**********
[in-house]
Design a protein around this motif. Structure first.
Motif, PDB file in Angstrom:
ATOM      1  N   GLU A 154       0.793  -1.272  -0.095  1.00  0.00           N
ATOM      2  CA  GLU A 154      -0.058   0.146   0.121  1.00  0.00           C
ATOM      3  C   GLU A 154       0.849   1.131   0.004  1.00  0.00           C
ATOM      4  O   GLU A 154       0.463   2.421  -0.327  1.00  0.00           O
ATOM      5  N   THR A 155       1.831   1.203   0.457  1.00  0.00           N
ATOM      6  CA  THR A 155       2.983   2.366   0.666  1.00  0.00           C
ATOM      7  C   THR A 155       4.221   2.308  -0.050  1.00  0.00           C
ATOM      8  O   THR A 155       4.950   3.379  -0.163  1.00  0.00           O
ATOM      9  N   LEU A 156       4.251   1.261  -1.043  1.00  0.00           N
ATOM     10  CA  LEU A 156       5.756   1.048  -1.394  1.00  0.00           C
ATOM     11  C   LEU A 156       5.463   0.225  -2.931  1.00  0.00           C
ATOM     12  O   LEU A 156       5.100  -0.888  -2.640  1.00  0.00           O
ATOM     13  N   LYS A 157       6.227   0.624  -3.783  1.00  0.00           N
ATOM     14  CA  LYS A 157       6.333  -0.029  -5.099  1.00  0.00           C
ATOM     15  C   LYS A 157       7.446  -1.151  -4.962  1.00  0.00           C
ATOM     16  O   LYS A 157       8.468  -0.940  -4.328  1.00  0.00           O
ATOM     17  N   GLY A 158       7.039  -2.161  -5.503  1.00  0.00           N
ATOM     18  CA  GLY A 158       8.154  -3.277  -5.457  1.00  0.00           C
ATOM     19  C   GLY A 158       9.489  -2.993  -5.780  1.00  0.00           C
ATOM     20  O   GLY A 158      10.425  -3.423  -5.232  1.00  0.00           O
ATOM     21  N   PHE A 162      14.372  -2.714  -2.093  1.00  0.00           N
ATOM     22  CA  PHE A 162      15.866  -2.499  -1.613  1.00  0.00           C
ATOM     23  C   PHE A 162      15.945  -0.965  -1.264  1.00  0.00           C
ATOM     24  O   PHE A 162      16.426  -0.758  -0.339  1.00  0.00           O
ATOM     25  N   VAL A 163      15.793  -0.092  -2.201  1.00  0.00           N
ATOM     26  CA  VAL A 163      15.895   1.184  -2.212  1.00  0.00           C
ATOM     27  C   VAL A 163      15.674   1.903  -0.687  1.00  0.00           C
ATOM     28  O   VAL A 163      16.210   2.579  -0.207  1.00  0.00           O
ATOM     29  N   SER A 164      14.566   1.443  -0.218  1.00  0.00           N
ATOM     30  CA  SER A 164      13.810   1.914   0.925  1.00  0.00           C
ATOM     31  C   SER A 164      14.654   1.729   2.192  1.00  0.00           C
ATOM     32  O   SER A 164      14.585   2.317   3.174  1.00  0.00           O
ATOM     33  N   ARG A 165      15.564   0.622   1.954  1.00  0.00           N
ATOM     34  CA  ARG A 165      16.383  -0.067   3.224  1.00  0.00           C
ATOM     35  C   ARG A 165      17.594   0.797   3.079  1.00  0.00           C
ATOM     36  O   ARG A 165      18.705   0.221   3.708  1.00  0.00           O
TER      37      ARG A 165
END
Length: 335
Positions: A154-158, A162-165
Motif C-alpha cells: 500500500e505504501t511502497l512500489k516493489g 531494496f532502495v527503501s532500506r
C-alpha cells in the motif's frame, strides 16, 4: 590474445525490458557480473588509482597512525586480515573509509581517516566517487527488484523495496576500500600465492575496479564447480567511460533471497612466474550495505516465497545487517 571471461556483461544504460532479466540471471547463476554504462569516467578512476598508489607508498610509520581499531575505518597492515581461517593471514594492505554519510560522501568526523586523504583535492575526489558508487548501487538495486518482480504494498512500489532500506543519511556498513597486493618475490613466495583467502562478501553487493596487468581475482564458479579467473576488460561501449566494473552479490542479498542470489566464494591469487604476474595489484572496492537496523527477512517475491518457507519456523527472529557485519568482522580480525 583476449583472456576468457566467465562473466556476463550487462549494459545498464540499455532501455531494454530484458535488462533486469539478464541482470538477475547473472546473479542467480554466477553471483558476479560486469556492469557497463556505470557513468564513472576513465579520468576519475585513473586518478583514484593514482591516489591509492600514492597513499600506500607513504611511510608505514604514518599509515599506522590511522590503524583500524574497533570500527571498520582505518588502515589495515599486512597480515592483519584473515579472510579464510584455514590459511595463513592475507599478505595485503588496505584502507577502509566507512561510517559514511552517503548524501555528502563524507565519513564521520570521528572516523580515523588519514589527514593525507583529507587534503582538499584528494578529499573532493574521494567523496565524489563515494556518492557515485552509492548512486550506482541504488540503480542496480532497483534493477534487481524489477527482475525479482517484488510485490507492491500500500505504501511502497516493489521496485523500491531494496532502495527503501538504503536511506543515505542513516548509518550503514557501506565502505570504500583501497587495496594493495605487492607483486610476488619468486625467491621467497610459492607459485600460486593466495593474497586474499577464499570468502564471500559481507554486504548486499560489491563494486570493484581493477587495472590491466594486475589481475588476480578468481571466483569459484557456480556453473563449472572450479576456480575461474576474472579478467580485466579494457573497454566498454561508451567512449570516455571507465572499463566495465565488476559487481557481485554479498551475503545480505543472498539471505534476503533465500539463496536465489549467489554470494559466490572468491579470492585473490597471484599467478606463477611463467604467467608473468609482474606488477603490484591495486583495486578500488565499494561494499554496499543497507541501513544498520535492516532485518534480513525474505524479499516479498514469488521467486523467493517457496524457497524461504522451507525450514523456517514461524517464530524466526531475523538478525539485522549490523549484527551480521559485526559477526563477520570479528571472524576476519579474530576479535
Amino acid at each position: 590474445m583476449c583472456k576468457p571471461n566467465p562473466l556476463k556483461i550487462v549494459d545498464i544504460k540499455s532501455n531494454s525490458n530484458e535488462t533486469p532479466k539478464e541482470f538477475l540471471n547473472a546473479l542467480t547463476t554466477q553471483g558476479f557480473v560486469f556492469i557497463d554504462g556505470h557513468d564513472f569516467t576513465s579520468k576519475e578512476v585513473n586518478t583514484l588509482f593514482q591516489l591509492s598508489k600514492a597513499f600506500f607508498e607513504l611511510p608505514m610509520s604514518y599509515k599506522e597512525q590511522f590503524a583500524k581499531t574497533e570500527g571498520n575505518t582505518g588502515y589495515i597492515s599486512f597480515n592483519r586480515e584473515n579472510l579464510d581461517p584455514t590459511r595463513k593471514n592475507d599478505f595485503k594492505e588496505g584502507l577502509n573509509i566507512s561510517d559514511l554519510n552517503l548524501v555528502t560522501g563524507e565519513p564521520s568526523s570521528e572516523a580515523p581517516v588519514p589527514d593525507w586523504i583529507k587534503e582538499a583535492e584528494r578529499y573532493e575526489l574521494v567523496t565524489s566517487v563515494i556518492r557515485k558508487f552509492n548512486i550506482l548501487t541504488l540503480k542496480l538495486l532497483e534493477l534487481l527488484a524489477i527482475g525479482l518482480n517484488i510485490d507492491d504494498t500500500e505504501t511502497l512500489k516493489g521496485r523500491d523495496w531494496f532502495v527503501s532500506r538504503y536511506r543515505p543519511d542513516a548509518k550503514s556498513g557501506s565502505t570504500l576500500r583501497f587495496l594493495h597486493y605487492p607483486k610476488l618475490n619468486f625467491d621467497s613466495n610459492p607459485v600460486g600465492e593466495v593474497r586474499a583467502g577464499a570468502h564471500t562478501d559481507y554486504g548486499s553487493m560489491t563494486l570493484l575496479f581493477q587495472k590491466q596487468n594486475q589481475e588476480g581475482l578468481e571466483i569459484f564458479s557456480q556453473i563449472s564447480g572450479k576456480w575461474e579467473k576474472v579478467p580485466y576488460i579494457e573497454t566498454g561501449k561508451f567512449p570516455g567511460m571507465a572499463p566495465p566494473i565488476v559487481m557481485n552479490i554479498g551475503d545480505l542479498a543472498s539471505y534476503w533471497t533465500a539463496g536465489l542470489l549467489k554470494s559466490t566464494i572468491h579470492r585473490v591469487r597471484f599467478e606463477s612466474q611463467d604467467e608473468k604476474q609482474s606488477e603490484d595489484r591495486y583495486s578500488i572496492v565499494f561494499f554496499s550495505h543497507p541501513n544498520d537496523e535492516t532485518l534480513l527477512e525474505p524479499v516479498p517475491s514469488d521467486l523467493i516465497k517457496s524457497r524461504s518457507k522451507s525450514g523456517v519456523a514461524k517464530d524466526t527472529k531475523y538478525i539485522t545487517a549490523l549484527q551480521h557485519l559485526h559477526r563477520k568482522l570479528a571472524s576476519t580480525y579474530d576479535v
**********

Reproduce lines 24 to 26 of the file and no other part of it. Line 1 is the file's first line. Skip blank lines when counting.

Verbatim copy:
ATOM     21  N   PHE A 162      14.372  -2.714  -2.093  1.00  0.00           N
ATOM     22  CA  PHE A 162      15.866  -2.499  -1.613  1.00  0.00           C
ATOM     23  C   PHE A 162      15.945  -0.965  -1.264  1.00  0.00           C